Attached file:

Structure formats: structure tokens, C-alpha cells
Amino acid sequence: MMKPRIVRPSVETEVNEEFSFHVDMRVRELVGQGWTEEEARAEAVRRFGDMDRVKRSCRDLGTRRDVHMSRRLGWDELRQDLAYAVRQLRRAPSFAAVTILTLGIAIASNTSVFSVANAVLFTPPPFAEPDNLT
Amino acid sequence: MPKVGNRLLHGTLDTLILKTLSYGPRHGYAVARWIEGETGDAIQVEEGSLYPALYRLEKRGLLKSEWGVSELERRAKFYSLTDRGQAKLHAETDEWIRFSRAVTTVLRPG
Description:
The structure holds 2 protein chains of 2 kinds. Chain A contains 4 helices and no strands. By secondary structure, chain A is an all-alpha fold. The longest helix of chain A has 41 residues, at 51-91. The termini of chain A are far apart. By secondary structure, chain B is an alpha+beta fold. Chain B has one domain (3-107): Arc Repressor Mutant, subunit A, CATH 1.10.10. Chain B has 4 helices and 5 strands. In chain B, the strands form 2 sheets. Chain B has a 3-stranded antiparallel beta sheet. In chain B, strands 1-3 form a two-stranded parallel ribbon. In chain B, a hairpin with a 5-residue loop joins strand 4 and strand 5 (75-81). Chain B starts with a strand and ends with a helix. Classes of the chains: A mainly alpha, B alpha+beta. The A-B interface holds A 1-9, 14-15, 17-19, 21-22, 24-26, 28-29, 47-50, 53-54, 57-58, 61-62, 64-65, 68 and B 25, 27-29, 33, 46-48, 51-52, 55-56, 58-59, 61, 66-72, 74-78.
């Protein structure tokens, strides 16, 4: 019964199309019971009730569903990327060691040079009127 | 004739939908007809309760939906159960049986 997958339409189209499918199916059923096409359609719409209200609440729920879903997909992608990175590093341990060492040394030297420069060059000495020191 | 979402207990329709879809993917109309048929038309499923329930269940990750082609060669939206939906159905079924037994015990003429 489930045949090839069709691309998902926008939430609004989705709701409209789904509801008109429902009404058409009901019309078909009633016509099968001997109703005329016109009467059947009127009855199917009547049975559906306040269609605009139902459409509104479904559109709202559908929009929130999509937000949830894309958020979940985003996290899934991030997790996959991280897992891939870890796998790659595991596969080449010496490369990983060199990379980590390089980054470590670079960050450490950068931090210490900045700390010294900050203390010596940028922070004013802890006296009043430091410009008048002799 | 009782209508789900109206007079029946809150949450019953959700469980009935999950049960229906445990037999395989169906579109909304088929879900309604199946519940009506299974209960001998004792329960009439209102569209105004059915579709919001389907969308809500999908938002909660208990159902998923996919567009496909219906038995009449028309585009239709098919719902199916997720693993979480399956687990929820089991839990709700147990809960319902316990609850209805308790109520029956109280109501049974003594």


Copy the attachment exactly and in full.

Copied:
Structure formats: structure tokens, C-alpha cells
Amino acid sequence: MMKPRIVRPSVETEVNEEFSFHVDMRVRELVGQGWTEEEARAEAVRRFGDMDRVKRSCRDLGTRRDVHMSRRLGWDELRQDLAYAVRQLRRAPSFAAVTILTLGIAIASNTSVFSVANAVLFTPPPFAEPDNLT
Amino acid sequence: MPKVGNRLLHGTLDTLILKTLSYGPRHGYAVARWIEGETGDAIQVEEGSLYPALYRLEKRGLLKSEWGVSELERRAKFYSLTDRGQAKLHAETDEWIRFSRAVTTVLRPG
Description:
The structure holds 2 protein chains of 2 kinds. Chain A contains 4 helices and no strands. By secondary structure, chain A is an all-alpha fold. The longest helix of chain A has 41 residues, at 51-91. The termini of chain A are far apart. By secondary structure, chain B is an alpha+beta fold. Chain B has one domain (3-107): Arc Repressor Mutant, subunit A, CATH 1.10.10. Chain B has 4 helices and 5 strands. In chain B, the strands form 2 sheets. Chain B has a 3-stranded antiparallel beta sheet. In chain B, strands 1-3 form a two-stranded parallel ribbon. In chain B, a hairpin with a 5-residue loop joins strand 4 and strand 5 (75-81). Chain B starts with a strand and ends with a helix. Classes of the chains: A mainly alpha, B alpha+beta. The A-B interface holds A 1-9, 14-15, 17-19, 21-22, 24-26, 28-29, 47-50, 53-54, 57-58, 61-62, 64-65, 68 and B 25, 27-29, 33, 46-48, 51-52, 55-56, 58-59, 61, 66-72, 74-78.
């Protein structure tokens, strides 16, 4: 019964199309019971009730569903990327060691040079009127 | 004739939908007809309760939906159960049986 997958339409189209499918199916059923096409359609719409209200609440729920879903997909992608990175590093341990060492040394030297420069060059000495020191 | 979402207990329709879809993917109309048929038309499923329930269940990750082609060669939206939906159905079924037994015990003429 489930045949090839069709691309998902926008939430609004989705709701409209789904509801008109429902009404058409009901019309078909009633016509099968001997109703005329016109009467059947009127009855199917009547049975559906306040269609605009139902459409509104479904559109709202559908929009929130999509937000949830894309958020979940985003996290899934991030997790996959991280897992891939870890796998790659595991596969080449010496490369990983060199990379980590390089980054470590670079960050450490950068931090210490900045700390010294900050203390010596940028922070004013802890006296009043430091410009008048002799 | 009782209508789900109206007079029946809150949450019953959700469980009935999950049960229906445990037999395989169906579109909304088929879900309604199946519940009506299974209960001998004792329960009439209102569209105004059915579709919001389907969308809500999908938002909660208990159902998923996919567009496909219906038995009449028309585009239709098919719902199916997720693993979480399956687990929820089991839990709700147990809960319902316990609850209805308790109520029956109280109501049974003594």